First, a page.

On April 19, 2012, Southern Methodist University introduced Hall of Famer Larry Brown as its new head basketball coach. Brown was replacing another coach with North Carolina ties, Matt Doherty, at the helm of the SMU Mustangs.
Preparing to enter the Big East (later shifted along with other football schools to form the American Athletic Conference), one of college basketball’s power conferences, and being located in Dallas, a city flush with high school talent, SMU had all the resources necessary to sustain an elite basketball program. Yet the school could never manage to maintain consistent success.
Hiring the esteemed Coach Brown, SMU hoped to end a stretch of basketball mediocrity. After the Charlotte Bobcats let Brown go in 2010, many perceived that he was done coaching. But his thoughts about a possible retirement “probably lasted about a week,” he says. “I got a little antsy and thought maybe that retirement isn’t for me.”
Coming out of his semi-retirement, the legendary coach has been as successful as ever at SMU. Thanks to his first recruiting class, a refurbished home arena in Moody Coliseum, and a reinvigorated fan base, Brown has catapulted SMU basketball into the national spotlight. Wins over ranked teams like Cincinnati, Connecticut (both home and away), and Memphis have the Mustangs ranked in the top 25 and likely headed to the NCAA tournament. But on the subject of the tournament, Brown told me that he tries to keep the team locked in on the present: “We just have to focus on the next game, and if we play well, I think people will recognize that.”
That focus has been spot on at home this year, with the dedicated student section leading the Mustangs to an undefeated home record with one game remaining. “It’s a tough place to play,” Brown says. “I don’t think we beat Connecticut or Memphis or Cincinnati without the fans and the support from the students.” The only times this young team has faltered have been road games against conference opponents. Their only bad losses came at Temple and South Florida, teams with losing records. But according to Brown, those losses serve as motivation for the young Mustangs. “Since we lost at Temple and at South Florida,” he says, “every game we play now is like a tournament game.”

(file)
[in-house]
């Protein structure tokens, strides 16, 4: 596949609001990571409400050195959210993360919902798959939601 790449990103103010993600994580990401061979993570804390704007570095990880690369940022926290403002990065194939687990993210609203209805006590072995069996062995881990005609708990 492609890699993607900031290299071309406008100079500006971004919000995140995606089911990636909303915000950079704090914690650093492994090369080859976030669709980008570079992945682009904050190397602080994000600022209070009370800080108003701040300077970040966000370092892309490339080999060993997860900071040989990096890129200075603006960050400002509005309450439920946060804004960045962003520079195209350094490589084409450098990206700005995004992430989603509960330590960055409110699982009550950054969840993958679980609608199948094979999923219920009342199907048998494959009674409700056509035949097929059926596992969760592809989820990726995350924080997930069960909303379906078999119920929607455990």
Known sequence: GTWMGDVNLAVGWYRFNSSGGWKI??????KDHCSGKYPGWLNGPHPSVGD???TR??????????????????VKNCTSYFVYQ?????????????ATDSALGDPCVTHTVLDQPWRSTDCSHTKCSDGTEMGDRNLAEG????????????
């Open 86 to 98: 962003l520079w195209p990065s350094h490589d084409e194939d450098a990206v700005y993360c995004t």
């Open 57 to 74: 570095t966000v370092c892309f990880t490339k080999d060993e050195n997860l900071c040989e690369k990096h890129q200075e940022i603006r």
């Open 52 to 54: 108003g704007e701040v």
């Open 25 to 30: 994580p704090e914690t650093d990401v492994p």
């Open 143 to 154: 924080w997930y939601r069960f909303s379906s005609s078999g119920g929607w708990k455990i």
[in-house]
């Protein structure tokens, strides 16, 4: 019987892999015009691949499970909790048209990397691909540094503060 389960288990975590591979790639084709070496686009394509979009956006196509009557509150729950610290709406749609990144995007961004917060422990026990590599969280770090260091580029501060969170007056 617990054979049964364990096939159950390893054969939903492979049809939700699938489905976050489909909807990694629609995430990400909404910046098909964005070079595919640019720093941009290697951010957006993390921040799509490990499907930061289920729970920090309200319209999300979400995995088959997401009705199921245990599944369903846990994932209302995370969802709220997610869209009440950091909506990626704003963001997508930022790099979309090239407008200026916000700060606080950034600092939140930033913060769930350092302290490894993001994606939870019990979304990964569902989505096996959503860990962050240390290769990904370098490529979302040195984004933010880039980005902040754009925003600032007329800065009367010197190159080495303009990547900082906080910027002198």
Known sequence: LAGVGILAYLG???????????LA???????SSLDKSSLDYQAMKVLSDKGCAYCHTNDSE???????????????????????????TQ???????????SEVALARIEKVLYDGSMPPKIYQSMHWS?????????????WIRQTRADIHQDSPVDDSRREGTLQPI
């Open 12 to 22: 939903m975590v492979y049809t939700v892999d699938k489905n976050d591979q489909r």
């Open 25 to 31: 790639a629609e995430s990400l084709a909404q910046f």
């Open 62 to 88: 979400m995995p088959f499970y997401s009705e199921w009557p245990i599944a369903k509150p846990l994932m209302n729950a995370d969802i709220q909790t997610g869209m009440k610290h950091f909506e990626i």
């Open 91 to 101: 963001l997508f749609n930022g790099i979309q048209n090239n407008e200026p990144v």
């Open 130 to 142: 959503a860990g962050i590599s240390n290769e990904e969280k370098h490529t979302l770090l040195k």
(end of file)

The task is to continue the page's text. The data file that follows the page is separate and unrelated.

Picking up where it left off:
Following those losses, the Mustangs bounced back with a huge road win, beating then Number 21 Connecticut 64-55 at Gampel Pavilion on February 23. That win moved the Mustangs to Number 18 in the national rankings.
Brown has “The Mob,” SMU’s student section, thinking about a tournament berth, but what’s really amazing about the job he has done is the way he’s set the Mustangs up for future success. Soon after arriving on campus, Brown began reeling in touted recruits. Top talents now give SMU a legitimate look thanks to Coach Brown’s presence and other top prospects’ interest in the school. Brown’s success recruiting Dallas Kimball High School star guard Keith Frazier, a McDonald’s All American and the Dallas Morning News’s high school player of the year in 2013, has led to more recruiting success. As a freshman this year, Frazier has been a three-point specialist off the bench. But his impact on the basketball program extends past his production on the court. “Keith being a Dallas kid, everybody grew up reading about and hearing about him,” Brown says. “He’s made all the other kids around here think, ‘Wow. SMU’s good enough for Keith Frazier. Maybe I ought to consider it.’”
One of those Dallas kids is point guard Emmanuel Mudiay of Prime Prep Academy. Ranked as the number 5 recruit in the country by ESPN.com, Mudiay signed with the Mustangs thanks in part to Frazier. “I don’t think we would have gotten Emmanuel [without Frazier], and I think Emmanuel’s the best player in the country,” Brown says. “We think we can appeal to the best players in the country.”
The future looks bright for SMU and Coach Brown, and when asked about where he thinks SMU basketball will be in five years, Brown has this to say: “I hope we’re a top 25 team every year, and I don’t see any reason why we can’t be.”
As for how long Brown, a coach who’s moved around a lot during his career, plans to stay at SMU, he says he’s “not looking to go anywhere else. My boy’s a freshman here, and I promised him that I’d see him graduate. My daughter’s a junior in high school, and I wouldn’t mind if she went to school here. I told her that if she comes here, I’d like to see her graduate. I don’t feel like I want to stop, so hopefully this will be my last stop.”
I think SMU fans would be just fine with five more years with Brown, but as for right now, we’re just enjoying having our first top 25 basketball ranking in 29 years.